Santa Claus as we know him today is primarily a hybrid created from the drawings of cartoonist Thomas Nast, Coca–Cola advertising and the description proffered by Clement Moore in his holiday poem “A Visit from St. Nicholas” but much better known today as “Twas the Night Before Christmas.” Before his transformation into the fat jolly old elf we recognize today, the bearer of Christmas gifts for most of the English speaking world was personified by Father Christmas. And before the Kinks had him beaten up in song, Father Christmas was a
slightly taller, less rotund figure thought to be based on a 4th Century bishop known as Nicholas who was held in high esteem for his acts of charity. Nicholas was imprisoned for his Christian beliefs by the Roman Emperor Diocletian but before he could become another martyr he was released by the newly converted Constantine. A cult of celebrity grew organically out of Nicholas’ charity toward the needy and especially kids and his sainthood was honored with a day set aside for remembrance in early December.
The transformation from actual historical personage to possible urban legend about a guy who flies around the world guided by a team of reindeer invested with the ability to kick gravity to the curb remains something of a mystery wrapped in an enigma stuffed into a fruitcake. What is becoming clearer with almost each passing year is that there is a whole lot about the whole Santaverse that we were not privy to. Just as the “Pentagon Papers” exposed the reality behind the Vietnam War so have some very challenging investigative docudramas revealed some heretofore unknown facts about the fat guy up North Pole way.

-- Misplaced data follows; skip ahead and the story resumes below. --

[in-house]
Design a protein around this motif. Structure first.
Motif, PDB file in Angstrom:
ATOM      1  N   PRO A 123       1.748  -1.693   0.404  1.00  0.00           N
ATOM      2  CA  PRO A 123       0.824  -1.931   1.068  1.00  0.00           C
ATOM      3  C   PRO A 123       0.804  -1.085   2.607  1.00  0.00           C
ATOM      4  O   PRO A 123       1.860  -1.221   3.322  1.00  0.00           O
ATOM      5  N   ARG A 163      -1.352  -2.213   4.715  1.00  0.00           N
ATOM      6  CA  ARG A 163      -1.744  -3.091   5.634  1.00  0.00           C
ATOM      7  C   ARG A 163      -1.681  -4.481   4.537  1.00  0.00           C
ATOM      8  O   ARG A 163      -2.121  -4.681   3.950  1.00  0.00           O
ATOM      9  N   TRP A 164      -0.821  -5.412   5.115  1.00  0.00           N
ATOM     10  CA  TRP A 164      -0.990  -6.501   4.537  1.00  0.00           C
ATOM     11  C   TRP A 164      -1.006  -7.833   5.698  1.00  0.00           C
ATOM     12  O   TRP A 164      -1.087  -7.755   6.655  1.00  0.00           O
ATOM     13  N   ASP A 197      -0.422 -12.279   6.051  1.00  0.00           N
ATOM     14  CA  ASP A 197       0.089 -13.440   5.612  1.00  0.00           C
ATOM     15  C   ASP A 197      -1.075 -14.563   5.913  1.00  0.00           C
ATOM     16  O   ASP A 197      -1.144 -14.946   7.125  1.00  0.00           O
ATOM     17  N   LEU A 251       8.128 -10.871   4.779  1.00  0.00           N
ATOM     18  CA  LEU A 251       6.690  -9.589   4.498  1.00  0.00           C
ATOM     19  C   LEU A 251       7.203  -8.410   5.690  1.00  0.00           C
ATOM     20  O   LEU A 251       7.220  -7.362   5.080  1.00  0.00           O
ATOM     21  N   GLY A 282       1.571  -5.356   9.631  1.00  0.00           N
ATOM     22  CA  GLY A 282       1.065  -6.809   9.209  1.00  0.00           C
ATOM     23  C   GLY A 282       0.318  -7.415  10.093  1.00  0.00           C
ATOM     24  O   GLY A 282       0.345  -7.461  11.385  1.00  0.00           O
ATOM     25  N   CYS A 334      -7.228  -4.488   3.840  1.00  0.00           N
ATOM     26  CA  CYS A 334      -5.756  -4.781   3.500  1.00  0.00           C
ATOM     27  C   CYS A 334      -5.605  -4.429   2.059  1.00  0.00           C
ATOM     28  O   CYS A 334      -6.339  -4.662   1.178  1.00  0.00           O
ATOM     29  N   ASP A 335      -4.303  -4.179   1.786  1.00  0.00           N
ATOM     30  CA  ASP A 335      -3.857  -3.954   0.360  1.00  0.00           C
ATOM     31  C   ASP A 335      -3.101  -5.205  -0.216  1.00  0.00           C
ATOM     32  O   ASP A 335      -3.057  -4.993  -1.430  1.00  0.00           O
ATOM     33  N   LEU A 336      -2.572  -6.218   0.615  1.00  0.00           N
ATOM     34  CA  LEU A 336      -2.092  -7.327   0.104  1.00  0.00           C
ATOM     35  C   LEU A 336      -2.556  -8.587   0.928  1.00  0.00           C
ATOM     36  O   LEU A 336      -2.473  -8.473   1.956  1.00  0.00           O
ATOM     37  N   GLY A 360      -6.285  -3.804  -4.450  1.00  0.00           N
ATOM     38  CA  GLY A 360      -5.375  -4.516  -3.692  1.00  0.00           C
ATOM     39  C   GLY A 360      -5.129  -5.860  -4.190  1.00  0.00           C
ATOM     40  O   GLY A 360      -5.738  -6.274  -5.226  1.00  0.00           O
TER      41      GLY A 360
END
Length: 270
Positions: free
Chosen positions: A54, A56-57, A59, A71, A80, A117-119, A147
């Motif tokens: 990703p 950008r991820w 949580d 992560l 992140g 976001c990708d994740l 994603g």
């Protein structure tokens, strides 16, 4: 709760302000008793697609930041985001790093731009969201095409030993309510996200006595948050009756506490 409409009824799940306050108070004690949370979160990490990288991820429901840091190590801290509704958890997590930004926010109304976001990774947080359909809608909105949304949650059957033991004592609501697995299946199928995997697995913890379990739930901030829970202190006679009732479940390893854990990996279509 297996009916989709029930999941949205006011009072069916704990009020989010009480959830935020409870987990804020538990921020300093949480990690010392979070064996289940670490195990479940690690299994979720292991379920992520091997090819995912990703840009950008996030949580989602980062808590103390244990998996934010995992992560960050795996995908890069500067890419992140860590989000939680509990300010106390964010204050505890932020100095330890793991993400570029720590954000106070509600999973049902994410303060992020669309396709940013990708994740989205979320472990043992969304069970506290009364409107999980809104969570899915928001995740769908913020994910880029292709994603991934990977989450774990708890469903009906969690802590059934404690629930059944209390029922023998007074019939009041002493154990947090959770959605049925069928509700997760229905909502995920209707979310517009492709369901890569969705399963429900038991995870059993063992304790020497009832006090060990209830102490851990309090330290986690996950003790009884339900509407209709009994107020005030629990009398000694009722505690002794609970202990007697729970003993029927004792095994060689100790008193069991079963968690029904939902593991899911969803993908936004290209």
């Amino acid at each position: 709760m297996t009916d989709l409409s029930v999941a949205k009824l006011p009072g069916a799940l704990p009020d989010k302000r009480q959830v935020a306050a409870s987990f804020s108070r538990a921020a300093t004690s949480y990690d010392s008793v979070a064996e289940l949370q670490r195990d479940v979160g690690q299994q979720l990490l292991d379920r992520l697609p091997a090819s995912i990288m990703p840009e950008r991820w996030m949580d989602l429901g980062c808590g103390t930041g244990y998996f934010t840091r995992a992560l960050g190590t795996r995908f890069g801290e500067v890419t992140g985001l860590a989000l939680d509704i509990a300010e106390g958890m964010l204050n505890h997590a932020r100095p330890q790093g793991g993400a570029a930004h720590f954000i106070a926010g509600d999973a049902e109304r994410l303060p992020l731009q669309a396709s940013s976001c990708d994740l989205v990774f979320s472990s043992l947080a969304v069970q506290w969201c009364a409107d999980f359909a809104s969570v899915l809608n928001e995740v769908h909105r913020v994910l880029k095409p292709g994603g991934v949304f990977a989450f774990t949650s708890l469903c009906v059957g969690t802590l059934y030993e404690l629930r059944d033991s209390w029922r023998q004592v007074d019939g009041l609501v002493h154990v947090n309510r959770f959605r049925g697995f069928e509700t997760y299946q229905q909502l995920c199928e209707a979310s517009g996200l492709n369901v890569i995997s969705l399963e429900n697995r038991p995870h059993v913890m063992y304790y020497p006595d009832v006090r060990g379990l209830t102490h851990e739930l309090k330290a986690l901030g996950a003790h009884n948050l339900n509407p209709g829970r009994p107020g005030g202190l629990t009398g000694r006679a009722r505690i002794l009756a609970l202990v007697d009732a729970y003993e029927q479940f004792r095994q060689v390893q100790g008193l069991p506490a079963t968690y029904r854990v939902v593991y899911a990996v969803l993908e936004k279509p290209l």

“Fred Claus” exposed the secret family dysfunction within the Kringle clan. Who knew that Santa had a slacker brother, much less that he was an older brother? “Fred Claus” provides one of the richest portrayals of Santa on film with Paul Giamatti’s brilliantly delineated portrait of a baby in the family who got everything except the one thing he wanted most: the undying love of his big bud. Vince Vaughn once again proves he can play depth without giving into bathos like Robin Williams. “Fred Claus” provides a portrait of a city of magical elves a little too disturbingly close to something you might have seen in Detroit 50 years ago, but therein lies the crux.
Even more shocking than the fact that Santa has a brother is the fact that immortality isn’t part of the deal. “The Santa Clause” provides an acceptable alternative to the rather less believable concept that Mr. Claus can live forever with that body shape just asking for a heart attack. The legal mumbo jumbo is appropriately abstruse and subject to argument, but if you learn nothing else from this movie series, you should hold fast to this realization: don’t go out looking to see what happened if you think you heard Santa get into some trouble on your roof!
Santa and Jesus
Bart Simpson infamously observed that all too often we forget the true meaning of Christmas: observing the birth of Santa. A little known animated movie titled “Christmas is Here Again” at last manages to connect the birth of Jesus with the fat guy in the red suit. The big secret of Santa revealed in this movie is the biggest shocker of them all: that all–important and magical sack in which Claus carries around all those toys was crafted from nothing less than the swaddling clothes made for the Baby Jesus!